Home > PropertyTree > Welcome to the Machine – Introducing PropertyTree

Welcome to the Machine – Introducing PropertyTree

In this first post I will introduce you to PropertyTree, a data structure that I developed to handle the problem of adding custom fields to a record in a database and that has also proven very useful for client/server communication, validation and filling a whole host of other needs.

The Problem

It all started when I began developing a Business Process Modeling framework to replace the old Workflow framework that is the platform for all applications developed by the company I currently work for.

One of the features of the current framework is the ability to store arbitrary bits of information for a given Activity Instance in a SQL Server database. To do this, for each Activity Instance record in the activity_instance table, one or more data items are stored in a separate activity_instance_items table. This proves to be a problem when you need to retrieve the data items because you have to pivot the data to produce a package with all the required data bits.

The other problem is that the data is stored as a string in a varchar(8000) so on retrieval the programmer needs to cast the string into the original data type and the only way of knowing the appropriate data type is to inspect the data records directly or treat them all as string, something that happens quite a lot.

The Solution

As I designed the new framework I figured that a better way would be to store all the data items of an Activity Instance directly in it’s record in a XML field. That would keep all data items together with there respective instance in the same table. Also, since we are using XML, now we have the ability to store items hierarchically along with meta-data to describe each item.

And So PropertyTree Was Born

A PropertyTree allows you to store data items kind of like the old PropertyBag of early Visual Basic (pre .Net) or the Session-State Store in ASP.Net.

Data items are stored as a collection of nodes from a root node and each node itself can have a collection of nodes allowing for a tree like structure to be formed.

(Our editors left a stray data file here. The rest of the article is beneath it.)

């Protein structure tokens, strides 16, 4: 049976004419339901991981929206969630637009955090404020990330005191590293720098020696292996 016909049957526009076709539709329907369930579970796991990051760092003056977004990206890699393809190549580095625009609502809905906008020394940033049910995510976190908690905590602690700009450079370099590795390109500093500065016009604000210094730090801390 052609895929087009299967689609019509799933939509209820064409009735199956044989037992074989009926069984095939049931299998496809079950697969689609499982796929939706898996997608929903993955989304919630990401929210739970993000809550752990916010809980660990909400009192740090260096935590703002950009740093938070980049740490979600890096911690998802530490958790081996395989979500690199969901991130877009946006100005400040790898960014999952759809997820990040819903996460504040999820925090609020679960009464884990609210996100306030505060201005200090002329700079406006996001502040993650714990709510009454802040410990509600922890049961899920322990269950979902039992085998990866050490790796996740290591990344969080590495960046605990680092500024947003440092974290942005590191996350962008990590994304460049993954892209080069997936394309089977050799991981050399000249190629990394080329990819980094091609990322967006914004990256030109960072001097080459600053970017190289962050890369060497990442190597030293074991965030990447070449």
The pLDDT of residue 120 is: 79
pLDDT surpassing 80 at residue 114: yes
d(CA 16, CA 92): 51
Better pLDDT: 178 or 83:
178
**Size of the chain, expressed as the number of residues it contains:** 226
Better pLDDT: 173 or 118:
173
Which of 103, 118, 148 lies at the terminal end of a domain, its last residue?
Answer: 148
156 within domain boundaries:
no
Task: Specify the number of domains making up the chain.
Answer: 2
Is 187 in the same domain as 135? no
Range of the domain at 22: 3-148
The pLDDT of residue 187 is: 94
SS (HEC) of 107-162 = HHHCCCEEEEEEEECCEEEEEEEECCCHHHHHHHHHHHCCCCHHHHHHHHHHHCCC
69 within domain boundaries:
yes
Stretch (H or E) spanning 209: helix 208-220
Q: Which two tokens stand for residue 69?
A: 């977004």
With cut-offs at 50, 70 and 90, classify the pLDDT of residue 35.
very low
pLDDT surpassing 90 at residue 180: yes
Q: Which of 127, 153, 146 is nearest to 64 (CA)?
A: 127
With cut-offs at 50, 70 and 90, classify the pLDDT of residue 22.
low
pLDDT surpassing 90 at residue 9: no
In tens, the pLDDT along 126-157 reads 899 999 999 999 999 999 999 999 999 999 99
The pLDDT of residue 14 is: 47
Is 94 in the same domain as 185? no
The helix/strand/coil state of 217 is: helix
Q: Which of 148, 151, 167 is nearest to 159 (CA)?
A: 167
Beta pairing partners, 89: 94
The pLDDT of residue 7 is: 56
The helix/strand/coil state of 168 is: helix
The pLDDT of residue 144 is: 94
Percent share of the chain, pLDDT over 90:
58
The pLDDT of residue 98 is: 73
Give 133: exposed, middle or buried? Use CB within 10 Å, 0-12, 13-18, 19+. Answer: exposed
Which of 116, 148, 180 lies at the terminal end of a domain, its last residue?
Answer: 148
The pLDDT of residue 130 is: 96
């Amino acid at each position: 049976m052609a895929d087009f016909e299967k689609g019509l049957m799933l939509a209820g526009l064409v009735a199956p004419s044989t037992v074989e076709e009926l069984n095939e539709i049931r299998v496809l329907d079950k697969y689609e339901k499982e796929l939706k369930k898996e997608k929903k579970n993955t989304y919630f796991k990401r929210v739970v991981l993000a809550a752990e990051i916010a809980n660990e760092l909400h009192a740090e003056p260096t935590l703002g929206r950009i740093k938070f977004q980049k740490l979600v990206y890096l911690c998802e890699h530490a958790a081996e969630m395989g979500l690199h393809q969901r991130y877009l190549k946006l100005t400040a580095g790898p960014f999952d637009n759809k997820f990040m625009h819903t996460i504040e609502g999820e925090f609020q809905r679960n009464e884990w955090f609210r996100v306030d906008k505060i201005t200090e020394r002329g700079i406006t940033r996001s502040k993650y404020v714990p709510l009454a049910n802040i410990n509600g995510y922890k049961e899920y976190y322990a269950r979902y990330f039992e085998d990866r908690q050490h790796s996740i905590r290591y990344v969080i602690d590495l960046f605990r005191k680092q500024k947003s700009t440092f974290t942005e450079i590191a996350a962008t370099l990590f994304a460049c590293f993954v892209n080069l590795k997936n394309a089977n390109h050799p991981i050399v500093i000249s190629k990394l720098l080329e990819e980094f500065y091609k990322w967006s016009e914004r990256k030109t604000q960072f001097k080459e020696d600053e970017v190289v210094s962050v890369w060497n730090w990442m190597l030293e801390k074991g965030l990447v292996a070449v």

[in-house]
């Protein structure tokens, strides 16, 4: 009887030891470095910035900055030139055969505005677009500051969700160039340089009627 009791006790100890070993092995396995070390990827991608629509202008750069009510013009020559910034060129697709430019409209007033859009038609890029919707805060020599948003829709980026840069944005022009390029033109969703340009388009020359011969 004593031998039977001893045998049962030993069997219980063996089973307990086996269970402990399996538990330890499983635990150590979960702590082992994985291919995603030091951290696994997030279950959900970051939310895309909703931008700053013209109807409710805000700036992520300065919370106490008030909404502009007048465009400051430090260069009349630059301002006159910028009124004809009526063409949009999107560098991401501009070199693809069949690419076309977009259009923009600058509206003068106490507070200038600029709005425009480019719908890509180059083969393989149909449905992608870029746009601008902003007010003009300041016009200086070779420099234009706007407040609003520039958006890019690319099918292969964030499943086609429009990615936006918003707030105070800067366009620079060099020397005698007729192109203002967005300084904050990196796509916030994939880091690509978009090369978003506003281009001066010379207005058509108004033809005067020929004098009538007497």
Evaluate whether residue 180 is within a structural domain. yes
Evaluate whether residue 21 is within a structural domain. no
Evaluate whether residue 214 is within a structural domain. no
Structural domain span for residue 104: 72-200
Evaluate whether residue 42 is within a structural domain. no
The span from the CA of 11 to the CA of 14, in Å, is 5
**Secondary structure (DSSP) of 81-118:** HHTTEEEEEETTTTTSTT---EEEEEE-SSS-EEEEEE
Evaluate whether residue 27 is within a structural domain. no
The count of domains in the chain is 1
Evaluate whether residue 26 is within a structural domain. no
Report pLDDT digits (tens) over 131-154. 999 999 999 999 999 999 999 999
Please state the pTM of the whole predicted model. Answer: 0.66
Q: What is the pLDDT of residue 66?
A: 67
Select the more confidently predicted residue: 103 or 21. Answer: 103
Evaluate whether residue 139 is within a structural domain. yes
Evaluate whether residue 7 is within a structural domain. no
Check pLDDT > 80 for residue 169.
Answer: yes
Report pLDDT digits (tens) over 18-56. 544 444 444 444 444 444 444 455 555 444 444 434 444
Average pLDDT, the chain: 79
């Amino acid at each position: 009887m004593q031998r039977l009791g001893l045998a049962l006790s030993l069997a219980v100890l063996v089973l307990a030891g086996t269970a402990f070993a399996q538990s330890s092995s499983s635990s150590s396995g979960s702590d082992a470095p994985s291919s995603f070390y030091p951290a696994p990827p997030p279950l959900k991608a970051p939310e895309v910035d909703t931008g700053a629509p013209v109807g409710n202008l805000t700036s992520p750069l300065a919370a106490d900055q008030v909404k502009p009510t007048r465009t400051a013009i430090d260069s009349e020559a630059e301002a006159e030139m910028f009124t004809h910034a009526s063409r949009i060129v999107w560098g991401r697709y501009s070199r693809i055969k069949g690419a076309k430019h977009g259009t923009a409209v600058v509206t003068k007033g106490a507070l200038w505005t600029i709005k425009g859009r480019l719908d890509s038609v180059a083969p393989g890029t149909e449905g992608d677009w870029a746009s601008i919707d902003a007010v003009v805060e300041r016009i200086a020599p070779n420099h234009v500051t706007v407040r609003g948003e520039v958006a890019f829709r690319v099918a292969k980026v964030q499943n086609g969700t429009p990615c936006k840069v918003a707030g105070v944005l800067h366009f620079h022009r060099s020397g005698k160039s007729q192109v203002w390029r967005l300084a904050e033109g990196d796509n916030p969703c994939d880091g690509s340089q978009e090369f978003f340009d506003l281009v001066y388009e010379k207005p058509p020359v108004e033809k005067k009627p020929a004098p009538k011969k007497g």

Each node has meta-data to indicate, among other things, the data type of it’s stored data, formatting information and validation rules. You can also add your own meta-data items through custom attributes.

A PropertyTree also exposes events for changes in values of properties and attributes as well as when validating value assignments and for handling validation errors.


This is a list of features that are exposed by the PropertyTree:

  • Hierarchical collection of data items (PropertyNodes).
  • PropertyNodes contain strongly-typed values.
  • PropertyNodes can have meta-data in the form of attributes.
  • Validation information can be defined for a PropertyNode like for example:
    • Minimum value
    • Maximum value
    • Minimum and maximum length
    • A regular expression mask of allowed characters
    • A list of allowed values
  • These validation rules can be applied to a single PropertyNode or in Types that can be reused on any number of nodes.
  • An output format for a PropertyNode can be defined.
  • Events are raised for:
    • After a change in PropertyNode value (PropertyChanged event)
    • After a change in an attribute of a PropertyNode (PropertyAttributeChanged event)
    • When non-existing PropertyNode is referenced (PropertyNotFound event)
    • A hook to allow custom validation to be performed (ValidateValue event)
    • When a value assigned to a PropertyNode has caused a validation error (ValidationException event)
  • A PropertyTree can be used on a client of a web app using a JavaScript implementation that has also been created.


What’s Next?

In future posts I’ll dive deeper into each of these features starting with how to create an instance of a PropertyTree and add nodes with validation.

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  1. December 4, 2009 at 5:47 PM

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